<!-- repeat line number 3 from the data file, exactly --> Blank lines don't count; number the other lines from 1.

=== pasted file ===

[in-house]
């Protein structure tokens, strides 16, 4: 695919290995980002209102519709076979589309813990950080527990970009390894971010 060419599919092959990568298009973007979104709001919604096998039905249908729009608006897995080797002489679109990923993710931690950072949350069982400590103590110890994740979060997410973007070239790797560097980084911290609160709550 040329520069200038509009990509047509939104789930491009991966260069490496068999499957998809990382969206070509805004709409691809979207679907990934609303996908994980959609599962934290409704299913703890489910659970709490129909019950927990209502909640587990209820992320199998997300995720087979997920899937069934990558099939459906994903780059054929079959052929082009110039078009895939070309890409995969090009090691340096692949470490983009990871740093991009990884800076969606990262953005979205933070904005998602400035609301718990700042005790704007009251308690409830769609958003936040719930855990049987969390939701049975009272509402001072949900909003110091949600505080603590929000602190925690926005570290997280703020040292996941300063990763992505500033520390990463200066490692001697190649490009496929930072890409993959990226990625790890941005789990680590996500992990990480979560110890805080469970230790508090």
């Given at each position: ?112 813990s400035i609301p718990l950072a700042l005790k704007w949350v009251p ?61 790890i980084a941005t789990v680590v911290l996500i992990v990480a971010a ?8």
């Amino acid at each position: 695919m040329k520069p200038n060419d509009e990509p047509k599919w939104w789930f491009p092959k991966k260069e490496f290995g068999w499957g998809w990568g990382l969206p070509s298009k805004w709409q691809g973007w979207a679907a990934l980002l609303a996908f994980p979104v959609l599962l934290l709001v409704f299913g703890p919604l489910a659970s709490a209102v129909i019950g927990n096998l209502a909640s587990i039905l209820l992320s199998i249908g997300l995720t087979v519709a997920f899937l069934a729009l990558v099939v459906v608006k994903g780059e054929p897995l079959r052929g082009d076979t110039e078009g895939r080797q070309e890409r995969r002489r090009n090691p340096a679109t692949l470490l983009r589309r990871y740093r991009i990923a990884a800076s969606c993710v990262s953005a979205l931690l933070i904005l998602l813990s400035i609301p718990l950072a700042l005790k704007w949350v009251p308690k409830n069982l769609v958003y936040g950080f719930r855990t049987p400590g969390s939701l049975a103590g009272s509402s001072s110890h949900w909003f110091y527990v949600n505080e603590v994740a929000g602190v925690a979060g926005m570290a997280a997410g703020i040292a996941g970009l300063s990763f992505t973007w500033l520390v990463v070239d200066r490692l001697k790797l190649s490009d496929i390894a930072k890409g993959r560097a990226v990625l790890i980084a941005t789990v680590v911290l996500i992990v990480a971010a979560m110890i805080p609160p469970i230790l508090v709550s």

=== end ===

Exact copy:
């Given at each position: ?112 813990s400035i609301p718990l950072a700042l005790k704007w949350v009251p ?61 790890i980084a941005t789990v680590v911290l996500i992990v990480a971010a ?8």